MORNINGTON ISLAND ARTS & CRAFTS
Mornington Island Arts & Crafts - Art Collector
|Issue 47, January - March 2009|
|Featured as part of the annual special "50 Things Collectors Need to Know 2009"|
|It was the Kaiadilt women of Bentinck Island in the Gulf of Carpentaria who took the art world by surprise in 2008. Led by 81-year-old Sally Gabori – perhaps Australia’s oldest-ever painting prodigy – these women won over curators, gallerists and collectors with their vibrant acrylic hues, sensual brushwork and sheer enthusiasm for their medium.|
Bentinck Island’s success is even more astounding given that the centre was established just four years ago – prior to that no painting culture existed on the island. Of the group it was Gabori who first picked up a brush at the Mornington Island arts and craft centre a few years ago, and it was her work that was the most sought after in 2008.
“Sally had an outstanding year, art lovers just can’t resist her works,” says Beverly Knight of Alcaston Galery in Melbourne, who held a Gabori solo show during the Melbourne Art Fair.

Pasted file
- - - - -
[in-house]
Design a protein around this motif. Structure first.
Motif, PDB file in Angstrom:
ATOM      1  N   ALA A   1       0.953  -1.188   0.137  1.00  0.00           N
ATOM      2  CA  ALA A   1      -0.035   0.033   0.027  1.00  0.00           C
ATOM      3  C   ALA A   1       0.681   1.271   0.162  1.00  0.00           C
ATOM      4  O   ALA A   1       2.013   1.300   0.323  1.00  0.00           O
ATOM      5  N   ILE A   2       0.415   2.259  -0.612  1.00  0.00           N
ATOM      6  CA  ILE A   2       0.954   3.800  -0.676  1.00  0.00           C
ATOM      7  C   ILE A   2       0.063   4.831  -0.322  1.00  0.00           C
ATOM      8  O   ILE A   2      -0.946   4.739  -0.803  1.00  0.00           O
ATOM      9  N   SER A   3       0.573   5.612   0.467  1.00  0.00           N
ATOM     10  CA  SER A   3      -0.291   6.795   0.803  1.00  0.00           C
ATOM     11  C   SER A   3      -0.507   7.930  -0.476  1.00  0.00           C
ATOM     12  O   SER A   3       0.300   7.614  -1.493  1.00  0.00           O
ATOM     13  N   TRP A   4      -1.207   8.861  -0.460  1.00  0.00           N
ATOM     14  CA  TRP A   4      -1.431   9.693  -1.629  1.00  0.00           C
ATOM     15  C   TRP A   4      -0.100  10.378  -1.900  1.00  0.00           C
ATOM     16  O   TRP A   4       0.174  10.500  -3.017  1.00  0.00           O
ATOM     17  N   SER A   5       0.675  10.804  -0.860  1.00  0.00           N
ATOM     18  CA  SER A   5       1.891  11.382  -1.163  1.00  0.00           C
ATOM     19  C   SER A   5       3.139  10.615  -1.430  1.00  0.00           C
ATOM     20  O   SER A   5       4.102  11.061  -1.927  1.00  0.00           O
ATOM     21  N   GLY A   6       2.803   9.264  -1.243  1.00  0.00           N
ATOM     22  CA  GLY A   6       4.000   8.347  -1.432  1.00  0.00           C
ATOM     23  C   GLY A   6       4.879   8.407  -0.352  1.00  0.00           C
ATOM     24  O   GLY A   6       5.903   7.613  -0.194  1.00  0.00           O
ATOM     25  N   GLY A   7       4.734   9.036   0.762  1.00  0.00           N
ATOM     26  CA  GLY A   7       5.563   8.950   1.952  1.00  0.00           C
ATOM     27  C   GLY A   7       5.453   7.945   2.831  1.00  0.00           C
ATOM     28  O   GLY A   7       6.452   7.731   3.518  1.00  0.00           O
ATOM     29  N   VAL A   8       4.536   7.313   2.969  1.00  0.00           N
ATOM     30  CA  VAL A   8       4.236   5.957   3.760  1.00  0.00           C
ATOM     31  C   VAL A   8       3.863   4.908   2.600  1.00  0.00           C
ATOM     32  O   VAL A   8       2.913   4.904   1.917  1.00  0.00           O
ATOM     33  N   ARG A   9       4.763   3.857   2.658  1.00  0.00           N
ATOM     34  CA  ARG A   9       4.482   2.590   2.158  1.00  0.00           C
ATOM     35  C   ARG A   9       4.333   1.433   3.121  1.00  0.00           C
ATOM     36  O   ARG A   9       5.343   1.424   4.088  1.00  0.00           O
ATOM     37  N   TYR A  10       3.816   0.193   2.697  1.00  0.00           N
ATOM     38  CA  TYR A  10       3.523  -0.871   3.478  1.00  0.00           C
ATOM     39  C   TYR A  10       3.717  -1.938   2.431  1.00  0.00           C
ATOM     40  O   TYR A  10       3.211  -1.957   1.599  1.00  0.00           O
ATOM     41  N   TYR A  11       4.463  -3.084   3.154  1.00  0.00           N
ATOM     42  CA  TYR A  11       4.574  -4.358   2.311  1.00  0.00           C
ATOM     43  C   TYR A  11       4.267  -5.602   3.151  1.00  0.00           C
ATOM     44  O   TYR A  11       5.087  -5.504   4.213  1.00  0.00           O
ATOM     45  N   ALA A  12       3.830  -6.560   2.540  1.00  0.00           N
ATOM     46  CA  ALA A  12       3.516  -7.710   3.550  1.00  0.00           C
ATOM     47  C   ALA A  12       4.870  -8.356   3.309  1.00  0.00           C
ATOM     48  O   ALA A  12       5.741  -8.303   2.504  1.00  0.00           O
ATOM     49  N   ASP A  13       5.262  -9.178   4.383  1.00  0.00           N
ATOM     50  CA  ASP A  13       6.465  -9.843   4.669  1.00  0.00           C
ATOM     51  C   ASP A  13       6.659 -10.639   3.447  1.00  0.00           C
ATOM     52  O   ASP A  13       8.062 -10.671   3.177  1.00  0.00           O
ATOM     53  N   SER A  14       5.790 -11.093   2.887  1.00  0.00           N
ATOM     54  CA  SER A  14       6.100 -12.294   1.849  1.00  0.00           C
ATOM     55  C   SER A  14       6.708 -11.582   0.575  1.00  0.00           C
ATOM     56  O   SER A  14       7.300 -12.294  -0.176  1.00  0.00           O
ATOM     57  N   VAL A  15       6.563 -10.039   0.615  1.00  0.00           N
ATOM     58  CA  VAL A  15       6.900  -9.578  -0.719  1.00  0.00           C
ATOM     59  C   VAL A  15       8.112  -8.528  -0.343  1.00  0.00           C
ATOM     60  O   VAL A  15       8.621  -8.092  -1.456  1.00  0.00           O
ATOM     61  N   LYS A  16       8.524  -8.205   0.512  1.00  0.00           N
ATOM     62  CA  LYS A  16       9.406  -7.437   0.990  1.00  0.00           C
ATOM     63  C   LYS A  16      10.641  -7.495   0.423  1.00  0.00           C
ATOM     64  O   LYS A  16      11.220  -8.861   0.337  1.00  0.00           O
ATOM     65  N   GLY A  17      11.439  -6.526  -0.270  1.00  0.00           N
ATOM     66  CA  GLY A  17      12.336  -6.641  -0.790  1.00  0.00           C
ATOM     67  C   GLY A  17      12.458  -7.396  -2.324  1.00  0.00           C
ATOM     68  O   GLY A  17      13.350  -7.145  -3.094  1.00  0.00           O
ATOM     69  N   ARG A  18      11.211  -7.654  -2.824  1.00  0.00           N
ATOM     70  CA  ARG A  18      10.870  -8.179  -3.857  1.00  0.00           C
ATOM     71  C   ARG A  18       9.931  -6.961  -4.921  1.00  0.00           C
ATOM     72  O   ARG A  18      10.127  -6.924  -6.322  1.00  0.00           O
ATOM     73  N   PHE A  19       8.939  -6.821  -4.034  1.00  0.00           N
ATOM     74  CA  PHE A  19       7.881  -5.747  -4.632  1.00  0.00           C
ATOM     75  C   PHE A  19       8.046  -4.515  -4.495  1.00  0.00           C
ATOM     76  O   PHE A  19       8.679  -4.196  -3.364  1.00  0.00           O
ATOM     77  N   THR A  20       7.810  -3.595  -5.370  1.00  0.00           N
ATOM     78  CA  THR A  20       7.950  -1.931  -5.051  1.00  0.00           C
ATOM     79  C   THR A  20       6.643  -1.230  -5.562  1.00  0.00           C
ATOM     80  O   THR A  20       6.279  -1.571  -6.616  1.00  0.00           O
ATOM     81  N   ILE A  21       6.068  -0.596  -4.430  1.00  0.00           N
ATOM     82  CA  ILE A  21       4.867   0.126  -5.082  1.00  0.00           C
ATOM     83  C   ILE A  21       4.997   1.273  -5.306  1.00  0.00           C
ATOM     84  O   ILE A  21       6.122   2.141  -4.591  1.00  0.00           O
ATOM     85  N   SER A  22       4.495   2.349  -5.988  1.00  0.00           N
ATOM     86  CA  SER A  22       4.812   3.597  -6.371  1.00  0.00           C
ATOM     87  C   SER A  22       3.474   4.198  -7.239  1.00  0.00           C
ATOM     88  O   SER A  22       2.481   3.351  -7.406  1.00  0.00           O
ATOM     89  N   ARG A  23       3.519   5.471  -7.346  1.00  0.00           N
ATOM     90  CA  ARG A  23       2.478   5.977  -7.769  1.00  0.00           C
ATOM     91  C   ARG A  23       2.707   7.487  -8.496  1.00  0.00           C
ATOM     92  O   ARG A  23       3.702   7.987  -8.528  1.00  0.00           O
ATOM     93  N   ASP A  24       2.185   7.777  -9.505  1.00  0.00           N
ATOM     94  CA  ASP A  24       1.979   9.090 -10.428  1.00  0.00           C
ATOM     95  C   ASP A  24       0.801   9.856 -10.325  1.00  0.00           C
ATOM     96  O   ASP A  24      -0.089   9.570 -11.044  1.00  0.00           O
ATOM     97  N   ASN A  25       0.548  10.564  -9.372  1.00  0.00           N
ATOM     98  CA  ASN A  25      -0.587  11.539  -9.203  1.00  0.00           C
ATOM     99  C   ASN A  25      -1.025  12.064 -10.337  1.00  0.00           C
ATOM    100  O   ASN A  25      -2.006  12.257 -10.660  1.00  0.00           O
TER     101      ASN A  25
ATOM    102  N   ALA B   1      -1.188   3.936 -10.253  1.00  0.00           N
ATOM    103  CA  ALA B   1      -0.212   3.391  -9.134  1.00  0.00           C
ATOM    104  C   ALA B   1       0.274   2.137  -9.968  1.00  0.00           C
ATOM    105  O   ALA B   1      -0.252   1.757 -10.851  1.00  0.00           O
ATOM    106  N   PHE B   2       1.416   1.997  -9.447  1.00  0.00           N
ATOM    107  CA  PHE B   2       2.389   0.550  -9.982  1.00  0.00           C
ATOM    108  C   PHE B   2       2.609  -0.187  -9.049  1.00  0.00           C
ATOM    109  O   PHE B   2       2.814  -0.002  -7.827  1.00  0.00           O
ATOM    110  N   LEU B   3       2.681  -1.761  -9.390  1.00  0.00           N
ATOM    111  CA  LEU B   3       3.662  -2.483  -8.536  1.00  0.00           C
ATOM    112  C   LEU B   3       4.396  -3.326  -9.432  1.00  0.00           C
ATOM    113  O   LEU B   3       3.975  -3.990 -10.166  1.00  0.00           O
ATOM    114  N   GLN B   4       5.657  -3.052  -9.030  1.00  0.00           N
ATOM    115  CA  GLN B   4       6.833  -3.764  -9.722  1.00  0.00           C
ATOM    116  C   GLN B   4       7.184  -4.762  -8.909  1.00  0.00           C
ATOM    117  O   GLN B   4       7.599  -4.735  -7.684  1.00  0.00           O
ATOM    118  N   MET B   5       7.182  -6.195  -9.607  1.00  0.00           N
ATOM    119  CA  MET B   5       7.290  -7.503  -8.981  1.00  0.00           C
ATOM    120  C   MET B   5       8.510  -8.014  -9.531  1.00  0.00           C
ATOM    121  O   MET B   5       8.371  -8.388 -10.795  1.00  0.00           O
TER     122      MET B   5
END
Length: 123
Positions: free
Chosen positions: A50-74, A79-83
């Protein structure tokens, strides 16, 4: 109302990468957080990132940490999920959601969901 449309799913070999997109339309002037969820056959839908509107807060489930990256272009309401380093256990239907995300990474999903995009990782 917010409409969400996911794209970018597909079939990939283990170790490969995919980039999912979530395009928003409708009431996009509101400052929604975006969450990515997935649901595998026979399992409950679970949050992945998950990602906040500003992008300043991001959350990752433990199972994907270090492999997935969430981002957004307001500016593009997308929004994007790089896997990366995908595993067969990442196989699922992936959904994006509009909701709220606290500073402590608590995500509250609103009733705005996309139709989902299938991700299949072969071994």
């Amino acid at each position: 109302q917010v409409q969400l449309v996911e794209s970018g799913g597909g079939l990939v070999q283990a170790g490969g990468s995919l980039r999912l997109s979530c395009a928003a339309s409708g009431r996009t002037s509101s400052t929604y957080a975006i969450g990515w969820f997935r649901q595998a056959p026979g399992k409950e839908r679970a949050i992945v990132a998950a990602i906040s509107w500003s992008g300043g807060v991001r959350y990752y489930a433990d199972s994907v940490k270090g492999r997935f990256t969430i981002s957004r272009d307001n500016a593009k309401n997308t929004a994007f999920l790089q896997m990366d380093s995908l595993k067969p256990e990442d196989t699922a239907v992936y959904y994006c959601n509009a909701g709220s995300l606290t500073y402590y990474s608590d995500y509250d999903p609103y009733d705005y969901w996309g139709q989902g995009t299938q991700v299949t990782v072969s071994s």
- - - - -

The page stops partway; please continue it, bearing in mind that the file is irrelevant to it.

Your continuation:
“She was by far the most popular and sought-after artist at the art fair,” says Dallas Gold, of Raft in Darwin, who held a Bentinck Island group show in 2008. “Sally’s an expressive artist…an old lady chucking paint around and having fun. That genre of expressive painting can be a bit hit-and-miss but with Sally it was all good.”
Knight credits Brett Evans, Director of the Mornington Island Art Centre where the Bentinck Project began, as a major force behind the Kaiadilt women’s market success.
“He’s a one-man band up there and works incredibly hard and has really invigorated what is a fledgling art centre,” she says.
For Knight, Evans’ energy typifies what is happening on a broader scale in Queensland, where the arts in general are benefiting from a new energy and commitment on the part of the State Government.
“It’s really all happening in Queensland at the moment,” she says. “There’s a tremendous energy there, and a lot of enthusiasm in the government and in art institutions.”